Bayard Rustin’s Zimbabwe

A new film about American civil rights icon Bayard Rustin overlooks his later conservative turn, evident in his attitudes to anticolonial resistance in Africa.

Harare, 2003. Image credit Martin Addison via Flickr CC BY-NC-ND 2.0 Deed.

On November 17, Barack and Michelle Obama’s production company, Higher Ground, released Rustin on Netflix. The film focuses on the efforts of the American civil rights activist, Bayard Rustin (1912-1987), to organize the 1963 March on Washington (where Martin Luther King delivered his “I Have a Dream” speech). The film’s director, George C. Wolfe, has praised his subject as a “role model for what it means to … commit to democracy, commit to freedom.” Higher Ground’s website is similarly effusive, describing Rustin as “one of the greatest activists and organizers the world has ever known.” In 2013, Obama posthumously awarded Rustin the Presidential Medal of Freedom.

This celebratory discourse has largely overshadowed Rustin’s conservative turn in the aftermath of the material depicted in the film. Rustin’s controversial relationship with the final stages of Zimbabwe’s independence struggle illustrates this shift. In the period from 1979-80, he visited the country three times, monitoring two of its elections. Rustin strongly opposed Zimbabwe’s two main liberation movements, favoring the more moderate black groups willing to collaborate with Rhodesia’s white settlers.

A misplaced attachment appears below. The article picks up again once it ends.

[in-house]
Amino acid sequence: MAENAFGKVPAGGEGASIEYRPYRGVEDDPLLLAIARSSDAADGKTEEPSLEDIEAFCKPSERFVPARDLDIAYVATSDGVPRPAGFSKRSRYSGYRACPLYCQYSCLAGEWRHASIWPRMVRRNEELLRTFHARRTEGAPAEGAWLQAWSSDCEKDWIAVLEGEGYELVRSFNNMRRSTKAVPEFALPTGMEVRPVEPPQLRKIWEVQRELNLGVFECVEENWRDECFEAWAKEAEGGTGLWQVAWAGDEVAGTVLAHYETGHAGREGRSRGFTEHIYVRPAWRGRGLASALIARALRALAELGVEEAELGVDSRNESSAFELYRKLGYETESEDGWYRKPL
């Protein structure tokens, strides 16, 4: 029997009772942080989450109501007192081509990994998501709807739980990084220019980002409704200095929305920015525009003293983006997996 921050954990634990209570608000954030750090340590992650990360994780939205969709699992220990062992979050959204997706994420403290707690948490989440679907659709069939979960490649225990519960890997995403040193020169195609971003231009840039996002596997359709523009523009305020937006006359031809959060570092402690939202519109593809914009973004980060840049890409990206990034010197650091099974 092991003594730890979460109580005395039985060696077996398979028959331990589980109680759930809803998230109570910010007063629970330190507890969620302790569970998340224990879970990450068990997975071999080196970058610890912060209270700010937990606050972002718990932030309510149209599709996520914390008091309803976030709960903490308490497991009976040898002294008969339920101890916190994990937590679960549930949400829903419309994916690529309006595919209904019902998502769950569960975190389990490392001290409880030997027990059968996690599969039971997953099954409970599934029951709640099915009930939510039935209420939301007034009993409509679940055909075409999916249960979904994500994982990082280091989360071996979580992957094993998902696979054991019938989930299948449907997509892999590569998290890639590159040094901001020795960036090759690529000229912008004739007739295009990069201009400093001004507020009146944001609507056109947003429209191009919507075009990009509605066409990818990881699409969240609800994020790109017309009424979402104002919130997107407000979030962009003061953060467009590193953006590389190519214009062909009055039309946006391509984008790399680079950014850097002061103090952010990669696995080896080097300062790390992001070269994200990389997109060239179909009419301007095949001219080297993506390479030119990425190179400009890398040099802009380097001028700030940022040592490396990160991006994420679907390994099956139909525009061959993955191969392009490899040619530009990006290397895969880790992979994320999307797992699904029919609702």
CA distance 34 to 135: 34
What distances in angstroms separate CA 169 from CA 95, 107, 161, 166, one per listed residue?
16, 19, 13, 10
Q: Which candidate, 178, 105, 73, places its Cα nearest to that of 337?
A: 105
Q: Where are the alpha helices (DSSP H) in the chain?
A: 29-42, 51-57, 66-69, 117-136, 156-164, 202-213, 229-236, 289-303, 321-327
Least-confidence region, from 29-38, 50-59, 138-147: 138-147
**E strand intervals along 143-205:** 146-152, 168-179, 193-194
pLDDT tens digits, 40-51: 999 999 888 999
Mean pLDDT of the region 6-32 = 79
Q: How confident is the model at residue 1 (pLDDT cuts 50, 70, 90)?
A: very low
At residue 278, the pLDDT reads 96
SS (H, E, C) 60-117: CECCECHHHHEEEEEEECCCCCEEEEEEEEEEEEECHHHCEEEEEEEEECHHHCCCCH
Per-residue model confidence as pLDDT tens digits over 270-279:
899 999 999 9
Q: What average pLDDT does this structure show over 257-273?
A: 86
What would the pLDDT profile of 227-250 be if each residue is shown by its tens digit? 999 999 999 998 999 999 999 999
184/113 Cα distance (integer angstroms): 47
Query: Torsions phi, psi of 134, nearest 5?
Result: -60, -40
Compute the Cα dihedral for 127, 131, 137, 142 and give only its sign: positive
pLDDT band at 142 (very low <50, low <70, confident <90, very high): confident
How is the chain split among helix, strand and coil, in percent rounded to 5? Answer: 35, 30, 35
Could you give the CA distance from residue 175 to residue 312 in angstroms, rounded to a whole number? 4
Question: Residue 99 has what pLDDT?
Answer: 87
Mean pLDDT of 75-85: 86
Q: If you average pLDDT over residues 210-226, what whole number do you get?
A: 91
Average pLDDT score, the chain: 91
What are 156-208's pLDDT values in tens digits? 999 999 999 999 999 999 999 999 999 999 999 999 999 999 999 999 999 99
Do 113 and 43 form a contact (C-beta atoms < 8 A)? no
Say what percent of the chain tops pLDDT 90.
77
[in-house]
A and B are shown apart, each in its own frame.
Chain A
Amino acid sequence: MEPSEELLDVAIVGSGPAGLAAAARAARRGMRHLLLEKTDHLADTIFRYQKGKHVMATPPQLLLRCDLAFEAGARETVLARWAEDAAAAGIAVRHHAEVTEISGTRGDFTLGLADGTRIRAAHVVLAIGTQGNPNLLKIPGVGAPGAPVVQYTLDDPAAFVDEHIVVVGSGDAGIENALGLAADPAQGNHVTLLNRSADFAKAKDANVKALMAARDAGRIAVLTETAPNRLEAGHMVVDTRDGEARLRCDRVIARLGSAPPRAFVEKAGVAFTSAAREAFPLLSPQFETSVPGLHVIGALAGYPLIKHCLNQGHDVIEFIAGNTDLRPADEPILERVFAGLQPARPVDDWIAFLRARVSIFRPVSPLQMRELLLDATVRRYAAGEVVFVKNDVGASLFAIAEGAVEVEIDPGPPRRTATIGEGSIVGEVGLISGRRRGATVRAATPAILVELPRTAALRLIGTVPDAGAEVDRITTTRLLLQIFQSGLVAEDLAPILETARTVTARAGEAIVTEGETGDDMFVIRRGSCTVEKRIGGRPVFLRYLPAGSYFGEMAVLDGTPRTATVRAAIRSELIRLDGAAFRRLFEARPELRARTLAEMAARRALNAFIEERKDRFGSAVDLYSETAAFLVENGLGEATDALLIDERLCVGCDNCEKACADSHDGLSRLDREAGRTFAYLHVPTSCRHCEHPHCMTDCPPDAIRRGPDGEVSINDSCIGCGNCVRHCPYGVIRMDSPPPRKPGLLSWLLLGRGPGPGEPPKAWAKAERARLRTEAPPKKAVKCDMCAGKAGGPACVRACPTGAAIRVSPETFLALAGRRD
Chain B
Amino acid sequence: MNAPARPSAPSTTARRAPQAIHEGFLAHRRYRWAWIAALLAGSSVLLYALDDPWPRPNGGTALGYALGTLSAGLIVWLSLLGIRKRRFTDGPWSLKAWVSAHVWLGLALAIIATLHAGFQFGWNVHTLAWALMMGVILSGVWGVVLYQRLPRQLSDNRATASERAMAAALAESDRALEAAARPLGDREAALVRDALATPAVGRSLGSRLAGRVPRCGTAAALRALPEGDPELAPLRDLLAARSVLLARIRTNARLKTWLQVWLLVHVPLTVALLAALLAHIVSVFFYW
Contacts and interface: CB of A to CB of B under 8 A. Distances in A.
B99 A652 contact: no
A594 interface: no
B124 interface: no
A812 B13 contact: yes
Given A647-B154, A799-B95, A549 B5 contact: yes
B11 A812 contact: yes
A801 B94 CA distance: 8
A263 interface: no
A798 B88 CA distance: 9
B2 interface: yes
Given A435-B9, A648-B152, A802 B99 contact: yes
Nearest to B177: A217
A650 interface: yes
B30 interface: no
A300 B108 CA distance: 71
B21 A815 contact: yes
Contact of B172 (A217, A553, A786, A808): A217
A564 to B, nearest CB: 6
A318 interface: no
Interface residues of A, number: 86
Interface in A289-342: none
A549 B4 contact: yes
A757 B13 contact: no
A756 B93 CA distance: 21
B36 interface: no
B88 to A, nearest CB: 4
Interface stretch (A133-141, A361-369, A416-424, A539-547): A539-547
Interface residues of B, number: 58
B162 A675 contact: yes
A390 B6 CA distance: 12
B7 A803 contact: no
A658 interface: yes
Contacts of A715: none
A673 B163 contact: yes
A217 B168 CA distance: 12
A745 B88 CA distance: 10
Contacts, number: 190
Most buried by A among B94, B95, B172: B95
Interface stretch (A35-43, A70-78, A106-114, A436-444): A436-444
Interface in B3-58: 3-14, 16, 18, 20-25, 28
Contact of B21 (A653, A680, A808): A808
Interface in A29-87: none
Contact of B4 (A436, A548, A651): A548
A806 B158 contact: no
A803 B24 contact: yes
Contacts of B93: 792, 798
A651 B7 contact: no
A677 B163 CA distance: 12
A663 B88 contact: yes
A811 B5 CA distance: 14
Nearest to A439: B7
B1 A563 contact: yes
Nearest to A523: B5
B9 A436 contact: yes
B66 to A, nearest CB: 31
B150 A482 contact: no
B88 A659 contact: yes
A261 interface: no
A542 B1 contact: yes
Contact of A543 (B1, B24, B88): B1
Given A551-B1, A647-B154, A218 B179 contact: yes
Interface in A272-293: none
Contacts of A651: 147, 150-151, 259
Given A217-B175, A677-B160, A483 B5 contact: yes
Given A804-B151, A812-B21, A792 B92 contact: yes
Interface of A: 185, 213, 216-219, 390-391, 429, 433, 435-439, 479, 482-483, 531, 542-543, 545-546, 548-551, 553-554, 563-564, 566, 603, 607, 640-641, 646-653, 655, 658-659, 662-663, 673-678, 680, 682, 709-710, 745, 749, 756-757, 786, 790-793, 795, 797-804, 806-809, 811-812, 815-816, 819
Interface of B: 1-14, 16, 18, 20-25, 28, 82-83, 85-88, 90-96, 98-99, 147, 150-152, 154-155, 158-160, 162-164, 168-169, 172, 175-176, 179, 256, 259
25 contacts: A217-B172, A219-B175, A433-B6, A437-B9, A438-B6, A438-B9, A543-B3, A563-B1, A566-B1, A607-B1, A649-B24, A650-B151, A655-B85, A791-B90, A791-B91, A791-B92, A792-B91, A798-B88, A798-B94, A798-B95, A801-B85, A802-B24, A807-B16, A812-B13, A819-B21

Rustin had long been interested in African liberation movements. In the early 1950s, he co-founded Americans for South African Resistance, which evolved into the American Committee on Africa. In 1952, he traveled to West Africa and met Kwame Nkrumah and Nnamdi Azikiwe. A decade later, he attended a summit of the Pan African Freedom Movement for East and Central Africa in Addis Ababa. In Ethiopia, he met Kenneth Kaunda and Julius Nyerere and discussed plans for non-violent action to support Zambia’s independence. By the late 1970s however, Rustin’s foreign policy views had significantly diverged from his erstwhile colleagues. Kaunda and Nyerere, as leaders of Zambia and Tanzania, were some of the most active supporters of the Patriotic Front (PF), the uneasy alliance of Joshua Nkomo and Robert Mugabe that led the assault on white dominance in colonial Zimbabwe.